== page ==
Activision’s “Ice Age 4 Continental Drift: Arctic Games” title for Kinect on the Xbox 360 is pretty much aimed for what you would expect to be its target audience – gamers who are around the age of 4 to 9 years old who love the movies and now want to be interactively involved in the video game form.
Upon initially starting the game you are alerted to a very badly created cut-scene where all the movies favourite characters are rendered to look extremely basic and lacking in detail. It’s times like these you remember that the graphical quality of Kinect games need to be lower due to the processing power required for the motion sensor. Unfortunately first impressions are that this game oozes dullness, lacks imagination and would keep a young child entertained for just an hour or two tops – it doesn’t show the capabilities of Kinect to its full advantage and needless to say that unless you wanted a quick ‘show-off’ piece for your kids birthday party to keep the gang entertained for the afternoon without having to do the whole musical chairs fiasco – then – and only then, buy this game!
It does have a very simple and clean presented look overall in the menu’s with ease of use Kinect motion controls and gestures that do actually respond quite fast and fluid in up to ten different mini-games that span out to create a very short campaign, separate tournament mode, or a more causal free play mode. Although the video game does not mirror the story of the movie exactly, the Kinect game takes the movies characters, locations, scenery and pits two different teams The Herd and The Crew Pirates in a battle for food and treasure.
It is mostly “Winner take’s all” scenarios in what appears to be a Kinect form of animal Olympics using your own body as the controller – you have to compete in a set of really short and very simplistic mini games. You get to move your body left and right as your on screen character takes part in a Slip Slide Race collecting Acorns for points, mirror the on-screen prompts to the body shapes in a Style Jump across the slopes, raise your arms to virtually play Shell Slide – a form of bowling on ice where the more acorns you knock out the higher your score combined with hitting the target markers, and Prehistoric Plumber sees you move left and right holding your hands out to repair cracks in the ice where water flows through, let in too much water and the game is cut short.
Furthering the story mode, where you’re yet to see a story as you continually play mini games that last for around 2 – 4 minutes each, the game continues with another range of short motion controlled mini-games. Mountain Drift is a form of fast paced skiing down a range of slopes where you must follow the guide and collect acorns to complete the objective, next up is Coconut Slingshot, one of the more entertaining game types that sees your character use a sling shot to try and hit a selection of targets – and that is shortly followed by a Glacier Hopping challenge where you must jump up and down to see your character hop across the sinking and breaking glaciers.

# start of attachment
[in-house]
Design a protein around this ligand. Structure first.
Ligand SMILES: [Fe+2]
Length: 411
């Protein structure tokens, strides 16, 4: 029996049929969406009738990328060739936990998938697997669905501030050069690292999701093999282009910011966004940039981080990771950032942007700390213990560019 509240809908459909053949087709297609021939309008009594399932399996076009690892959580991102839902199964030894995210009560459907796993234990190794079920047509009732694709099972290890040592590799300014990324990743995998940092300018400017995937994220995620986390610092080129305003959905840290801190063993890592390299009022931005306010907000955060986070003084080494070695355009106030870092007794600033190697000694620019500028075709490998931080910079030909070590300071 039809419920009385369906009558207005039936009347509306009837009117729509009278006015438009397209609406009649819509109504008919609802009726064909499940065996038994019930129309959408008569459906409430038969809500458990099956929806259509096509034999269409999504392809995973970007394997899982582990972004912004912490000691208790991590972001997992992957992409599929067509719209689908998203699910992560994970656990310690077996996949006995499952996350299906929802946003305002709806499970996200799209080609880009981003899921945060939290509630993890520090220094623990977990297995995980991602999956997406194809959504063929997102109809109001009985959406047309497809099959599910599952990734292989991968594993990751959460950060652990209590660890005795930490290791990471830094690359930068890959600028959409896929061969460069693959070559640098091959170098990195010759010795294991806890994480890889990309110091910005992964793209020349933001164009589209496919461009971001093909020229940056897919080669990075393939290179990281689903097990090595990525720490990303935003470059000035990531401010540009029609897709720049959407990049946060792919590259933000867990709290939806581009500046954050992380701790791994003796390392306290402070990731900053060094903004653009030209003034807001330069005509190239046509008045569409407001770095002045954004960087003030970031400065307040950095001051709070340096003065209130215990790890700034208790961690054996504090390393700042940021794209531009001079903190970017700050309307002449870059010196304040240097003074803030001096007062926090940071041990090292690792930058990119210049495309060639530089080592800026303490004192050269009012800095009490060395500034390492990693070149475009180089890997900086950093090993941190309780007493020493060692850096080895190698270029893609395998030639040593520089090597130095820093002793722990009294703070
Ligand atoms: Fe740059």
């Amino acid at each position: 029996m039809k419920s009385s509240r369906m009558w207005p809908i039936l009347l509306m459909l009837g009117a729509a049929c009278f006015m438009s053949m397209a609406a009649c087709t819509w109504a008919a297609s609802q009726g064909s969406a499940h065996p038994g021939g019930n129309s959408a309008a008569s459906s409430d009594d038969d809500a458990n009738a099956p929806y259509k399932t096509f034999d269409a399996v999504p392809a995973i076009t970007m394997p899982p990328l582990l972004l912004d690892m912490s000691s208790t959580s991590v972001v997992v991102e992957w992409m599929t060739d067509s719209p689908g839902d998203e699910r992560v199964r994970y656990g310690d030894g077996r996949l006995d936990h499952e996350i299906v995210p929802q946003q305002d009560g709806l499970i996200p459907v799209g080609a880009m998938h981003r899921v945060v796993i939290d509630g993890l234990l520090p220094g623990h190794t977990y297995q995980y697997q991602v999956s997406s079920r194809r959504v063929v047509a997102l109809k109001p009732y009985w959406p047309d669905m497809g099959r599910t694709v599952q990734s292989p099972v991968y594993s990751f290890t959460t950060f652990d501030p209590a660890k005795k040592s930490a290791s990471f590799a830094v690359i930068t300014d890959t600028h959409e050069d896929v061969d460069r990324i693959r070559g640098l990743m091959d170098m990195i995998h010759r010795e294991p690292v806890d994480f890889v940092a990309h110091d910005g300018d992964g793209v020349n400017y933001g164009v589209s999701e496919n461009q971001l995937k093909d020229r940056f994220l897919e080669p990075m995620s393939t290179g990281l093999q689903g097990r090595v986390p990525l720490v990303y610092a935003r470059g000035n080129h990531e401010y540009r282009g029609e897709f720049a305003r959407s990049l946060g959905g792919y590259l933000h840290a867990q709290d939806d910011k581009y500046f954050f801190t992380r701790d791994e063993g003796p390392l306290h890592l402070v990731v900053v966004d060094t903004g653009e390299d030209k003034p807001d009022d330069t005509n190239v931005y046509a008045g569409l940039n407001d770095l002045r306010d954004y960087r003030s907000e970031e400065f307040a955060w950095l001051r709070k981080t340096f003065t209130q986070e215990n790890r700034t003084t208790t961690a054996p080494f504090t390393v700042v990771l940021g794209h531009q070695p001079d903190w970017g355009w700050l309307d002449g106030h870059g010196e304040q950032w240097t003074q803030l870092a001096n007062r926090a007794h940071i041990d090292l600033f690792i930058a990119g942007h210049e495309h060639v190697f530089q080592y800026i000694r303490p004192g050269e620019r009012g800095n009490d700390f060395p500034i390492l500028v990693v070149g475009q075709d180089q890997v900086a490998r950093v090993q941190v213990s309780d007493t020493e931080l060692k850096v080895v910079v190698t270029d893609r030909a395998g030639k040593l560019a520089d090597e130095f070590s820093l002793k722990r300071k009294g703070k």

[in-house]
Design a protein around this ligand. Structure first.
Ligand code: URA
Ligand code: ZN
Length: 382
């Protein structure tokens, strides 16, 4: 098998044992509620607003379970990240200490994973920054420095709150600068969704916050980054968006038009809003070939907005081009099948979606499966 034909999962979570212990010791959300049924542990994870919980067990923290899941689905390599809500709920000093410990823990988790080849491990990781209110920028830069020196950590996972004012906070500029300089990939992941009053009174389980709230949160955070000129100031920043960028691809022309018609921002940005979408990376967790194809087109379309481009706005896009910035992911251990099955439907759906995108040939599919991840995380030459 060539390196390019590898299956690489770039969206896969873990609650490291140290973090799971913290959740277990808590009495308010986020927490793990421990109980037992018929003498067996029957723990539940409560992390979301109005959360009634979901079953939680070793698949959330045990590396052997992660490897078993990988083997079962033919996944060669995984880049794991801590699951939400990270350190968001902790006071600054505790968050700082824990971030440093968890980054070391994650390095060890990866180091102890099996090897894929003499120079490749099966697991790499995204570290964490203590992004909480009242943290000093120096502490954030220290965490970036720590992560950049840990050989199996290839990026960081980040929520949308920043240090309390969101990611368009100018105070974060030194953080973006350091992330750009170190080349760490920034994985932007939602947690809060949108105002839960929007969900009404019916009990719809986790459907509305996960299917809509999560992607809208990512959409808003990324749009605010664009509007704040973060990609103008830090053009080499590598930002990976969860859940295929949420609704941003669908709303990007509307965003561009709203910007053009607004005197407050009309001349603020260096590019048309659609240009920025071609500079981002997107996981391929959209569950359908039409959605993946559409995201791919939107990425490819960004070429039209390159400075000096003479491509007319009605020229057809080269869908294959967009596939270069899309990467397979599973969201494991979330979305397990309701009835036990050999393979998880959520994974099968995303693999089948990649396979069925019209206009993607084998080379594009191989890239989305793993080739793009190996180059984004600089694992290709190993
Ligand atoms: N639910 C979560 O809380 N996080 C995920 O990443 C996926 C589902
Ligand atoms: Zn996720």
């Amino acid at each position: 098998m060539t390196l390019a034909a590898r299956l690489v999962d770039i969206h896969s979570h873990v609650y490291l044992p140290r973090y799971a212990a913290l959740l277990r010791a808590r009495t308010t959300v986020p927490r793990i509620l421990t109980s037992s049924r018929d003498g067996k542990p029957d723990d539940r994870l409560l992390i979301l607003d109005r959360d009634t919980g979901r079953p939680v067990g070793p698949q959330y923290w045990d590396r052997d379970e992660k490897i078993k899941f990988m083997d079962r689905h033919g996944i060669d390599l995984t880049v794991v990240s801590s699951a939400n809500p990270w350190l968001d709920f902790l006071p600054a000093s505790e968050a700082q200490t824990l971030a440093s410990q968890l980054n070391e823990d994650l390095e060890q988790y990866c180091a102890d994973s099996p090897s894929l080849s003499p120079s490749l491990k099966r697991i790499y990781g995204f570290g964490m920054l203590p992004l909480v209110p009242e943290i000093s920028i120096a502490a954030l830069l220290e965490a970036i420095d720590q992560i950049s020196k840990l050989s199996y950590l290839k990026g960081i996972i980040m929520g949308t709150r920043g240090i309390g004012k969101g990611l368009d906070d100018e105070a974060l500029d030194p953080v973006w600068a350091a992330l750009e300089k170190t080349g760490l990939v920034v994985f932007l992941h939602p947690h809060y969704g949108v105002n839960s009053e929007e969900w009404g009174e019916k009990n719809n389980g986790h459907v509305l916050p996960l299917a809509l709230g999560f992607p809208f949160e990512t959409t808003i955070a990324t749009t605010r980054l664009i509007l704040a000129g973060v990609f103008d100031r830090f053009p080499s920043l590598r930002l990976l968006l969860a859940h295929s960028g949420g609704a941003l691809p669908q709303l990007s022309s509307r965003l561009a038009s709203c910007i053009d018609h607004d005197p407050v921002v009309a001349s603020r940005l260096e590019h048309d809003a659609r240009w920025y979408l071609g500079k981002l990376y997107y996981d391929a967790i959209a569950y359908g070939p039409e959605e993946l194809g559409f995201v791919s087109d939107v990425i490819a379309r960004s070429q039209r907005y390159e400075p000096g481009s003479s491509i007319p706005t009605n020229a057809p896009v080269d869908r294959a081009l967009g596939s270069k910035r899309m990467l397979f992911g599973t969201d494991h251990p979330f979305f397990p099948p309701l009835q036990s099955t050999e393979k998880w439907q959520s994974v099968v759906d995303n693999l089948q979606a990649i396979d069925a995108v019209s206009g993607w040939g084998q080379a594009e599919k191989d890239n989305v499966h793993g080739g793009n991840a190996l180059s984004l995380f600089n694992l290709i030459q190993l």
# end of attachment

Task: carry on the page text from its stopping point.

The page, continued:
After each mini game in the Story Mode where there isn’t quite a story, but rather a follow up dull cut-scene in place – the next game loads. Despite working at around 5ft – 6ft distance from the Kinect Sensor there is an annoying on screen pop-up that displays “Please Move Left” or “Please Stand Back” yet the game is perfectly working and within an adequate range of space all around you and in front of you. It’s a real shame these annoying messages can’t be set as optional displays in the settings menu, but sadly unless you have a super huge room you are stuck with the messages despite the game working well at around 5ft in front of the sensor.
Continuing with the final sections of the story mode, which by now I have got the gist that it’s a battle for each piece of fruit found in an acorn basket at the beginning of the game – the whole damn lot can completed in less than hour with Achievements unlocking left right and centre just for the taking part in each mini game. If you wanted to play each mini game from the Story mode individually, then you would choose your favourite game type in the Free Play mode which does have optional multiplayer for two players locally.
It does have multiplayer! So, if you have an extra person with you in the room and enough space to distance yourself in front of the Kinect Sensor, Tournament Mode allows you to play the whole Story Mode with another player, which does make the game more fun – a little more interesting, and more competitive…
Visually the game looks basic, dated and the gameplay is just downright plain and dreadful. It’s a gimmicky movie tie in video game that even your child would probably get bored of very quickly. The whole game can be completed in about 45 minutes to an hour with added longevity due to freeplay modes that you are likely not to bother with.
This is the part where you should be glad you read this review just so as not to buy this game at all. If your child is screaming for it, send them to the naughty step. It’s just plain boring and a waste of anyone’s money.